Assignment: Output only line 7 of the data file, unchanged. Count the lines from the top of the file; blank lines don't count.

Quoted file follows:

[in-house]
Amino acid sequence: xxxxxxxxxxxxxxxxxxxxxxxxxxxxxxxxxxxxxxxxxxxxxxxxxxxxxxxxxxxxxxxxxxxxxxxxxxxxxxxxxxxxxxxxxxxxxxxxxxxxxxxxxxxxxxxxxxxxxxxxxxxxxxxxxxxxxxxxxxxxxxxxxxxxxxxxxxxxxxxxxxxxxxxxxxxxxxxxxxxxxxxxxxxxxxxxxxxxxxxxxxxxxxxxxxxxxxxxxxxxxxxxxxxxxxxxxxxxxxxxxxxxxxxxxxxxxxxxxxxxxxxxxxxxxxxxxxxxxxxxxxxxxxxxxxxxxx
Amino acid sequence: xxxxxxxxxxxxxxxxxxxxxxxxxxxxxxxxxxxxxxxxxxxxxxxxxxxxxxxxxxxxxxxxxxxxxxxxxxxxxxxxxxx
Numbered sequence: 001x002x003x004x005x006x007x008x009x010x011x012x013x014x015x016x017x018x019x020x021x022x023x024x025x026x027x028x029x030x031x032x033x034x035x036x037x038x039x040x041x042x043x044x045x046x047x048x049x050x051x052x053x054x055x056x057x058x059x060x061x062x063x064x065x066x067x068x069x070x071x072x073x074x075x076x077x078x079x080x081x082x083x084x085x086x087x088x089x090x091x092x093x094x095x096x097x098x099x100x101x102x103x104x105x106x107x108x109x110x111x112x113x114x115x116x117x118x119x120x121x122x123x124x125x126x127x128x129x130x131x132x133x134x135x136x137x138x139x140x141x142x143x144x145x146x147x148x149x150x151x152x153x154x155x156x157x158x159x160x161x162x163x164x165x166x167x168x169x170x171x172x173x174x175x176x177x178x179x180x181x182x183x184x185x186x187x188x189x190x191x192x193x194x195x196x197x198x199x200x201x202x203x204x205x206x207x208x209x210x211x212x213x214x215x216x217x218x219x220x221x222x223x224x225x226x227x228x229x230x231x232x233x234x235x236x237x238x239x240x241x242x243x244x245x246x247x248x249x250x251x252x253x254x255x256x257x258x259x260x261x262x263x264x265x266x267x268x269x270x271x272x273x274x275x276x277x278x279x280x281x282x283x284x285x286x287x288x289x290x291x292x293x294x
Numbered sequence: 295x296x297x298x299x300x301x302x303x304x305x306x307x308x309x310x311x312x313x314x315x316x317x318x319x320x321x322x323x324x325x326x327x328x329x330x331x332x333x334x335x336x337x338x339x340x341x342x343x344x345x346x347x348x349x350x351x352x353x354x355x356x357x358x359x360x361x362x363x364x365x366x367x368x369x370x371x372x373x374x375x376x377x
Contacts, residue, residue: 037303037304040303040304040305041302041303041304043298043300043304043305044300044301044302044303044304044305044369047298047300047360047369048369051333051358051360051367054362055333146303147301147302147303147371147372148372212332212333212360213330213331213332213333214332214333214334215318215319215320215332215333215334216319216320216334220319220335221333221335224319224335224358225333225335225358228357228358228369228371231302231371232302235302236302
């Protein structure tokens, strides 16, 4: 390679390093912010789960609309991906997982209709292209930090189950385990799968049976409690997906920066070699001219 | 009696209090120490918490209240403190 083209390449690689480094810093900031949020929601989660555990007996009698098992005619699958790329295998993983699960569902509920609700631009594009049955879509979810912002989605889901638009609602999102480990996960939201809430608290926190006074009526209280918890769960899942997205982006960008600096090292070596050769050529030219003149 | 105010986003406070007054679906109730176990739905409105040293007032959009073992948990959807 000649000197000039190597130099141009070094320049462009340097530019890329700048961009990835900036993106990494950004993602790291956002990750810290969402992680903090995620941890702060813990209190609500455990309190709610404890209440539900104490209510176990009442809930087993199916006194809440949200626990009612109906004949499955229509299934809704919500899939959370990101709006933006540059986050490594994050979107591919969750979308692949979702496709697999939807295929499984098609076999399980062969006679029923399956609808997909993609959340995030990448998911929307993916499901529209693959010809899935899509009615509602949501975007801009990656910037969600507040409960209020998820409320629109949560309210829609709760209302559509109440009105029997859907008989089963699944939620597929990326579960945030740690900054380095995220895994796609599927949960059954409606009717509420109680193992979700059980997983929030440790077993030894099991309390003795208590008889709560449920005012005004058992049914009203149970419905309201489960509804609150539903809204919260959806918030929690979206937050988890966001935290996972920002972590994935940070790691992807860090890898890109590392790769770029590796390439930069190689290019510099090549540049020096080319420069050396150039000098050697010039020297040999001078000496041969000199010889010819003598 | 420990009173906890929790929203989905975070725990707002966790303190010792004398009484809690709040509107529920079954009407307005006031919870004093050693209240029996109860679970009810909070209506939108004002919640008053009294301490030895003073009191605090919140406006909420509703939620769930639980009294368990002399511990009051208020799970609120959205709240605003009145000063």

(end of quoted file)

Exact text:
């Protein structure tokens, strides 16, 4: 390679390093912010789960609309991906997982209709292209930090189950385990799968049976409690997906920066070699001219 | 009696209090120490918490209240403190 083209390449690689480094810093900031949020929601989660555990007996009698098992005619699958790329295998993983699960569902509920609700631009594009049955879509979810912002989605889901638009609602999102480990996960939201809430608290926190006074009526209280918890769960899942997205982006960008600096090292070596050769050529030219003149 | 105010986003406070007054679906109730176990739905409105040293007032959009073992948990959807 000649000197000039190597130099141009070094320049462009340097530019890329700048961009990835900036993106990494950004993602790291956002990750810290969402992680903090995620941890702060813990209190609500455990309190709610404890209440539900104490209510176990009442809930087993199916006194809440949200626990009612109906004949499955229509299934809704919500899939959370990101709006933006540059986050490594994050979107591919969750979308692949979702496709697999939807295929499984098609076999399980062969006679029923399956609808997909993609959340995030990448998911929307993916499901529209693959010809899935899509009615509602949501975007801009990656910037969600507040409960209020998820409320629109949560309210829609709760209302559509109440009105029997859907008989089963699944939620597929990326579960945030740690900054380095995220895994796609599927949960059954409606009717509420109680193992979700059980997983929030440790077993030894099991309390003795208590008889709560449920005012005004058992049914009203149970419905309201489960509804609150539903809204919260959806918030929690979206937050988890966001935290996972920002972590994935940070790691992807860090890898890109590392790769770029590796390439930069190689290019510099090549540049020096080319420069050396150039000098050697010039020297040999001078000496041969000199010889010819003598 | 420990009173906890929790929203989905975070725990707002966790303190010792004398009484809690709040509107529920079954009407307005006031919870004093050693209240029996109860679970009810909070209506939108004002919640008053009294301490030895003073009191605090919140406006909420509703939620769930639980009294368990002399511990009051208020799970609120959205709240605003009145000063």